If we know anything, it is that we have much work in front of us if we are serious about providing all students — regardless of race, family income or zip code — access to truly great public schools. There are no quick fixes here, nor should we be foolish enough to think one entity has all of the answers to just do it alone.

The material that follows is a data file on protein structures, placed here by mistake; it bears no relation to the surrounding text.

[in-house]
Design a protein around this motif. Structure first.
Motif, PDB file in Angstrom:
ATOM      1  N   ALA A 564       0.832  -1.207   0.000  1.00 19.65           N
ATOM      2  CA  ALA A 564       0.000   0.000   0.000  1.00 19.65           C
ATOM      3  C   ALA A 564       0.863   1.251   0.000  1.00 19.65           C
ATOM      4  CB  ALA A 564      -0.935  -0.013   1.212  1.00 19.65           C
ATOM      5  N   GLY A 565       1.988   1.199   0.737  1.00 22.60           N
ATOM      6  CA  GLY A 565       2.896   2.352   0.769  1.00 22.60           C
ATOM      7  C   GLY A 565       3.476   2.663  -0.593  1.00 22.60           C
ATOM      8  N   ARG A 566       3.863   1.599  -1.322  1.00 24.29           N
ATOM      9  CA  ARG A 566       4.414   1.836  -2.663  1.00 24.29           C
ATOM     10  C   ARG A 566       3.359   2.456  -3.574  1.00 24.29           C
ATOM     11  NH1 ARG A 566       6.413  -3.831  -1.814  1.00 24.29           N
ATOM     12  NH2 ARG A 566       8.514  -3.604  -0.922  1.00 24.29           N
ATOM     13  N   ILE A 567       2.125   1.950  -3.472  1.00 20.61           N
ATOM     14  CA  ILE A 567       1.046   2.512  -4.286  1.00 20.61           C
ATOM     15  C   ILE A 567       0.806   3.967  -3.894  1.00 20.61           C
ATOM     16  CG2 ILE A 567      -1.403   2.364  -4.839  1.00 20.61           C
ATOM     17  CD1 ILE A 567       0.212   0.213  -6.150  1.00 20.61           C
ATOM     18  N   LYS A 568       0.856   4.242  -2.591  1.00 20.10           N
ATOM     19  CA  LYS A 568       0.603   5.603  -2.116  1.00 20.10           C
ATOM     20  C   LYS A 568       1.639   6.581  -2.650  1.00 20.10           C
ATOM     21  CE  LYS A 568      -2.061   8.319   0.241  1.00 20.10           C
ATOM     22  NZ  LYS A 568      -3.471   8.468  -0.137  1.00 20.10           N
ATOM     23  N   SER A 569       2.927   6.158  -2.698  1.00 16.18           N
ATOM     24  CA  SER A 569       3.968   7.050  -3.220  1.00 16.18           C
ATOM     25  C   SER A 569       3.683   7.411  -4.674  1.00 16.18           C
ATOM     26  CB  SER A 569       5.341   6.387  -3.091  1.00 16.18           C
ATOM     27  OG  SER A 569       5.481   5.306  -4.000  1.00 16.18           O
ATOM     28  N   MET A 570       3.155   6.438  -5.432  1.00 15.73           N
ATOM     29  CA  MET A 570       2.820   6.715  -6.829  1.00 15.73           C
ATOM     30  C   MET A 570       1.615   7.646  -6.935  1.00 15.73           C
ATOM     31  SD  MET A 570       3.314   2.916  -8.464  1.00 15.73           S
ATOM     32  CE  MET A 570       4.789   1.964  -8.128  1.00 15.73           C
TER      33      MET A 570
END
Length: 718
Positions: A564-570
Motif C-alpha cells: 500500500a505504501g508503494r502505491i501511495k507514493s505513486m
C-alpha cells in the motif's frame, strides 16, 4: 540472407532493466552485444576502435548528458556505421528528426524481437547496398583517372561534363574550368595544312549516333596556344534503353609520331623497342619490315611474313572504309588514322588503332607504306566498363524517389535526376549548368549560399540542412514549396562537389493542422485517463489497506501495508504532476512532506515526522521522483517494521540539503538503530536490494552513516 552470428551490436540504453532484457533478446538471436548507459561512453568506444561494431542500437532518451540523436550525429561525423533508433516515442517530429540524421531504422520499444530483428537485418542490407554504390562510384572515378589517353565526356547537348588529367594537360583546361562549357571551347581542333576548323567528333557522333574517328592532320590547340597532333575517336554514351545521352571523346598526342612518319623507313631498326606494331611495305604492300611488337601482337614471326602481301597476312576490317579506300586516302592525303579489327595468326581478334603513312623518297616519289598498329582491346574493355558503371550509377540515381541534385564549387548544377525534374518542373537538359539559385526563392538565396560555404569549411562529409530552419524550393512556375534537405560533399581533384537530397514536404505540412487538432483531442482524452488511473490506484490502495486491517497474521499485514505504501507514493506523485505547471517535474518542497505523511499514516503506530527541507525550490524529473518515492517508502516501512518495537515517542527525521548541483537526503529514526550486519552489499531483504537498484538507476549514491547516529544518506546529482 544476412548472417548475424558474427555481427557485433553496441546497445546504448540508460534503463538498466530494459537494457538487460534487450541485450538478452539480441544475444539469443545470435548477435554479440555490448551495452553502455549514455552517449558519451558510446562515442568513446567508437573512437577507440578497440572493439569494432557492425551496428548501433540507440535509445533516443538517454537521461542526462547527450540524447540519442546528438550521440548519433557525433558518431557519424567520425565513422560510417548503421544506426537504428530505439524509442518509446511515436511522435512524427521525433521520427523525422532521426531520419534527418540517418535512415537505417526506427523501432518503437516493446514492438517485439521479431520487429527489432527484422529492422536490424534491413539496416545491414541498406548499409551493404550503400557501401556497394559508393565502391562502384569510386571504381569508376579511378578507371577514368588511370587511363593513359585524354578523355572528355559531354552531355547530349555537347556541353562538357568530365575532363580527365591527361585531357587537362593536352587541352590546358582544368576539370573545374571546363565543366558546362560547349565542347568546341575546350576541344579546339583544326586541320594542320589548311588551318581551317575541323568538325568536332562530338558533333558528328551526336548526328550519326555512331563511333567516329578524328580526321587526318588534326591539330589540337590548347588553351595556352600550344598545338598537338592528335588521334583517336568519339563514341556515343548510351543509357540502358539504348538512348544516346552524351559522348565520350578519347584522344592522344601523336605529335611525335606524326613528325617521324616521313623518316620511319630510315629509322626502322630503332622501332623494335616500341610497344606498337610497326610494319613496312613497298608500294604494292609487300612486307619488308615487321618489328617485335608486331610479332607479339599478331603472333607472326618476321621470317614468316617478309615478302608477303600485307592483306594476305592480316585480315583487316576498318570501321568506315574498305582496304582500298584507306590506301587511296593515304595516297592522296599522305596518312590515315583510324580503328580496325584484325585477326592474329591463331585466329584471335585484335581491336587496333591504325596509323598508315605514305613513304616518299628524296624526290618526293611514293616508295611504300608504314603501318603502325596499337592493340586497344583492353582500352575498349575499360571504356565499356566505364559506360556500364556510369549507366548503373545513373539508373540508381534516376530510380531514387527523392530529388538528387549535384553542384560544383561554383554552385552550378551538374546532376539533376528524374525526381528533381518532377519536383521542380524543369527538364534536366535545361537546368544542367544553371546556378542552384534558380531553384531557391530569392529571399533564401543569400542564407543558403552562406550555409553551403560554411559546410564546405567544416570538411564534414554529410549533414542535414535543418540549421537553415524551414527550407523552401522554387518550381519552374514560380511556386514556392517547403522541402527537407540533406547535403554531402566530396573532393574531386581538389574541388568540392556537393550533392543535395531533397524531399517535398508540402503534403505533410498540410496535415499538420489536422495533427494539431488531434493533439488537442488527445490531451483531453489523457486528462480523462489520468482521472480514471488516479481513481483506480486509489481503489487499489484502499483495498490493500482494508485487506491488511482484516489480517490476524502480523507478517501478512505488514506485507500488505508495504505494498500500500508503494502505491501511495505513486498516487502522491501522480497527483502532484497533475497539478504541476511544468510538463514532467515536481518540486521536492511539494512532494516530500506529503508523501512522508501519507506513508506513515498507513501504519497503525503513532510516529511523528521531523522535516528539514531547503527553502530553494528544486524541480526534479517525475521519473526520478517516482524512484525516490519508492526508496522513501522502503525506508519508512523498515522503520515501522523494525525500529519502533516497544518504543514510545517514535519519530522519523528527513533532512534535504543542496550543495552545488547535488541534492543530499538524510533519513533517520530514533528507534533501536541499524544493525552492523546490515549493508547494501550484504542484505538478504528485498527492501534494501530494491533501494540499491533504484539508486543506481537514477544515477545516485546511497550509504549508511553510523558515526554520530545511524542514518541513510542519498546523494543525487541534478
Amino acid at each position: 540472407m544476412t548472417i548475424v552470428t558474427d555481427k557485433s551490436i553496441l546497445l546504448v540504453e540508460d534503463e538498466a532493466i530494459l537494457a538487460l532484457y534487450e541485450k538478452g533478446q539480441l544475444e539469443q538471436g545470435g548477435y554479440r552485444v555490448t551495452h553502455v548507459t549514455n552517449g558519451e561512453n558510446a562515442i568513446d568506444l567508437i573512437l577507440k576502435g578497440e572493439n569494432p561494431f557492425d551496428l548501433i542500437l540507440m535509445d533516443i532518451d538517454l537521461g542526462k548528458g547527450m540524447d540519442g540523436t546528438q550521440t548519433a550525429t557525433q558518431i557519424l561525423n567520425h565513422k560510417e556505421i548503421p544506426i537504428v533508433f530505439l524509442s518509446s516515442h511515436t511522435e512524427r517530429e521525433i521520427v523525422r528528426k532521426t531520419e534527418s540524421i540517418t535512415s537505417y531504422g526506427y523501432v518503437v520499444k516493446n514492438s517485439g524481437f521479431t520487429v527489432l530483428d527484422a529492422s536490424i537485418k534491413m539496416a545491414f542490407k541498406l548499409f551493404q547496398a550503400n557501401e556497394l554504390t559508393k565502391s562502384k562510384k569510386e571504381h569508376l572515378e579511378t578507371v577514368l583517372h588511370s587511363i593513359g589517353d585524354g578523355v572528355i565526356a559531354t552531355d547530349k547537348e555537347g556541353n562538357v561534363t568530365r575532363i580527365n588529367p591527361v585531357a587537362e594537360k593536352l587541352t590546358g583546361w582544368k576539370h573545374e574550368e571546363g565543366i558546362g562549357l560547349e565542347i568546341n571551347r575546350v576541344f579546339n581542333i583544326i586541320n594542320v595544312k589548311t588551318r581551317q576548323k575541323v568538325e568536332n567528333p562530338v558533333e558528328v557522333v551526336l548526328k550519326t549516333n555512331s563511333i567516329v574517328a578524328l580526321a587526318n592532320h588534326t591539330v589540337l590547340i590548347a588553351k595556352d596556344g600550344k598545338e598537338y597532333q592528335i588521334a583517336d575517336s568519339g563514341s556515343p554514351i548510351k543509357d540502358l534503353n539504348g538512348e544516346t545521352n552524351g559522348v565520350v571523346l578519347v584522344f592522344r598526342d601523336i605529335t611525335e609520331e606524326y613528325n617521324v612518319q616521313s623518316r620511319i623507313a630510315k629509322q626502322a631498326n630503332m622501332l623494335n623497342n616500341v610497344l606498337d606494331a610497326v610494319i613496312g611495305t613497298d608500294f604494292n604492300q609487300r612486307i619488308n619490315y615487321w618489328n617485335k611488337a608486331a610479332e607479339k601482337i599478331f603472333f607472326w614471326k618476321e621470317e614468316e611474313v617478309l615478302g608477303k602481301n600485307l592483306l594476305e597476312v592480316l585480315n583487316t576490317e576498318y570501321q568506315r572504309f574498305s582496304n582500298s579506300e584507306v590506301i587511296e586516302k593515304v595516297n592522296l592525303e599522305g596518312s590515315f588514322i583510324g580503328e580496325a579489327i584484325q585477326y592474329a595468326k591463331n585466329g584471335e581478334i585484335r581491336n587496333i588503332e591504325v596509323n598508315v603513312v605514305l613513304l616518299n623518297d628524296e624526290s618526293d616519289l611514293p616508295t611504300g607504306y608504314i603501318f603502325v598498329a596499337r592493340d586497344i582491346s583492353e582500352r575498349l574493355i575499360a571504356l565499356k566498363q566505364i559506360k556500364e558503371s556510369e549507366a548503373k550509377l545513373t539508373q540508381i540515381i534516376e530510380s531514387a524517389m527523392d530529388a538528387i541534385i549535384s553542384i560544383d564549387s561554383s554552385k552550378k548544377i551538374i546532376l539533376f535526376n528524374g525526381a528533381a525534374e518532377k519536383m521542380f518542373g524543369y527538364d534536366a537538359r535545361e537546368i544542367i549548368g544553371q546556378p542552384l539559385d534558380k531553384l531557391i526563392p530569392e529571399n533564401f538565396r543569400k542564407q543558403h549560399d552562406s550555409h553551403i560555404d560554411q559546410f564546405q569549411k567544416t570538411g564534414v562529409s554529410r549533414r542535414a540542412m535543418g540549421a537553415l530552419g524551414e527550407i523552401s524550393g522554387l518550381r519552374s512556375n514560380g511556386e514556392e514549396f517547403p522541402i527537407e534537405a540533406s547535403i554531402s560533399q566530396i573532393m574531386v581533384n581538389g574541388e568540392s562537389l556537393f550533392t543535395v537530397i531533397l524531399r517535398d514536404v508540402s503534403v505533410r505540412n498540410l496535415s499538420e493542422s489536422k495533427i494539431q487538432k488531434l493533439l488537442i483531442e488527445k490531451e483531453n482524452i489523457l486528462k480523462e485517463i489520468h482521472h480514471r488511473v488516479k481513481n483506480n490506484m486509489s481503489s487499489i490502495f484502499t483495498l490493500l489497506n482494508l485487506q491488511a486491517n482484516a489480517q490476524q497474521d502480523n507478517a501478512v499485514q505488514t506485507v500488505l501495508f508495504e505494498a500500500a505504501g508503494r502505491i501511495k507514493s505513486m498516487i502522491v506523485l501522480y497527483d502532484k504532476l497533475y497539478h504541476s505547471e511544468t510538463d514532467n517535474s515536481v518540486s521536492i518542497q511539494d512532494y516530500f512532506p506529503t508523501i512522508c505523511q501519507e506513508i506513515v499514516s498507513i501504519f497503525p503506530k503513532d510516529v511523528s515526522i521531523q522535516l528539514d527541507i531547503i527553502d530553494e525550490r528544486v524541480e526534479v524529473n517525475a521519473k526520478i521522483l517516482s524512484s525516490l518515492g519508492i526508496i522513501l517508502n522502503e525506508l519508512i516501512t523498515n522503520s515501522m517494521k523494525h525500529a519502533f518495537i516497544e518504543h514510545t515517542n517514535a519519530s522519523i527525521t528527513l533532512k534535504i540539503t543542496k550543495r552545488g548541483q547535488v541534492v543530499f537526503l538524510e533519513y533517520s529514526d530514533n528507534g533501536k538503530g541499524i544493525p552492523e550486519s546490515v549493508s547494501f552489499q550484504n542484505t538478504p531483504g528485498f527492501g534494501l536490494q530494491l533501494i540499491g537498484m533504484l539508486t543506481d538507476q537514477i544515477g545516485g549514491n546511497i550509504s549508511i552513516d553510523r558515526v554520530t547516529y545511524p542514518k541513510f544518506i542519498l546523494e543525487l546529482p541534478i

For us to be truly successful, we must engage the entire educational “village” – the village we saw firsthand at last Thursday’s education reform summit. From the teachers unions, to superintendent and board of education groups, to think tanks, to community organizations, to advocacy groups, we’re all in this together. And as the adults in the village, it’s our job to focus on the kids. We must stop with the name-calling and the feigned procedural concerns. When we look back in 20 years and ask “What became of the Year for Education Reform?” the worst possible thing would be to say that this unprecedented moment was hijacked by a few status quo defenders who won out by making everyone feel icky. What a disappointment that would be. Can’t we do better, Connecticut?